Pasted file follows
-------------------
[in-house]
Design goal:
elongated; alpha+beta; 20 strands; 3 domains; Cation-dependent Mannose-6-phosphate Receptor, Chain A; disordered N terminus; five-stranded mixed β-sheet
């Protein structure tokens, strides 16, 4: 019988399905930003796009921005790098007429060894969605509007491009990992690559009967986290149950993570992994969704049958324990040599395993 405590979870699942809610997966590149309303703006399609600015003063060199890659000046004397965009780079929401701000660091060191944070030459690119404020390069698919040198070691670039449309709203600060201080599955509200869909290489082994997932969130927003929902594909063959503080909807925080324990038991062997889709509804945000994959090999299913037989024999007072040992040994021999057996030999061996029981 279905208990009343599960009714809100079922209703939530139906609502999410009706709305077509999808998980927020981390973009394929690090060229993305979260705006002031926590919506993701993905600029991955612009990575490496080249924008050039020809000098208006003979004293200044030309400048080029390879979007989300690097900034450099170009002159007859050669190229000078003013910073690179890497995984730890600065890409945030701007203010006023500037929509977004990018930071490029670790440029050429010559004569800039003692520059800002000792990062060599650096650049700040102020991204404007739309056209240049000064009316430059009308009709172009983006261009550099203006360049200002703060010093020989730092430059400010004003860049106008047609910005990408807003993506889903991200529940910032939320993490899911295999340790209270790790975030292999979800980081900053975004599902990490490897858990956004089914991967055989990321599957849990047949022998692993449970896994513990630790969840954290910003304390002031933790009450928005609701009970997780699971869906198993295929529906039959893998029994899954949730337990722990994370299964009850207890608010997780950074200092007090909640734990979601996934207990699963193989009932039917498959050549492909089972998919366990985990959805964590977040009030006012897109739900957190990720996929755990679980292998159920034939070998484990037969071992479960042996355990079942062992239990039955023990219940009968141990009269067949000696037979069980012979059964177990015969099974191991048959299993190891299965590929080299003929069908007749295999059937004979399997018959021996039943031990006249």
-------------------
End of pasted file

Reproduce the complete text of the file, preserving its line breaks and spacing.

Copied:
[in-house]
Design goal:
elongated; alpha+beta; 20 strands; 3 domains; Cation-dependent Mannose-6-phosphate Receptor, Chain A; disordered N terminus; five-stranded mixed β-sheet
């Protein structure tokens, strides 16, 4: 019988399905930003796009921005790098007429060894969605509007491009990992690559009967986290149950993570992994969704049958324990040599395993 405590979870699942809610997966590149309303703006399609600015003063060199890659000046004397965009780079929401701000660091060191944070030459690119404020390069698919040198070691670039449309709203600060201080599955509200869909290489082994997932969130927003929902594909063959503080909807925080324990038991062997889709509804945000994959090999299913037989024999007072040992040994021999057996030999061996029981 279905208990009343599960009714809100079922209703939530139906609502999410009706709305077509999808998980927020981390973009394929690090060229993305979260705006002031926590919506993701993905600029991955612009990575490496080249924008050039020809000098208006003979004293200044030309400048080029390879979007989300690097900034450099170009002159007859050669190229000078003013910073690179890497995984730890600065890409945030701007203010006023500037929509977004990018930071490029670790440029050429010559004569800039003692520059800002000792990062060599650096650049700040102020991204404007739309056209240049000064009316430059009308009709172009983006261009550099203006360049200002703060010093020989730092430059400010004003860049106008047609910005990408807003993506889903991200529940910032939320993490899911295999340790209270790790975030292999979800980081900053975004599902990490490897858990956004089914991967055989990321599957849990047949022998692993449970896994513990630790969840954290910003304390002031933790009450928005609701009970997780699971869906198993295929529906039959893998029994899954949730337990722990994370299964009850207890608010997780950074200092007090909640734990979601996934207990699963193989009932039917498959050549492909089972998919366990985990959805964590977040009030006012897109739900957190990720996929755990679980292998159920034939070998484990037969071992479960042996355990079942062992239990039955023990219940009968141990009269067949000696037979069980012979059964177990015969099974191991048959299993190891299965590929080299003929069908007749295999059937004979399997018959021996039943031990006249």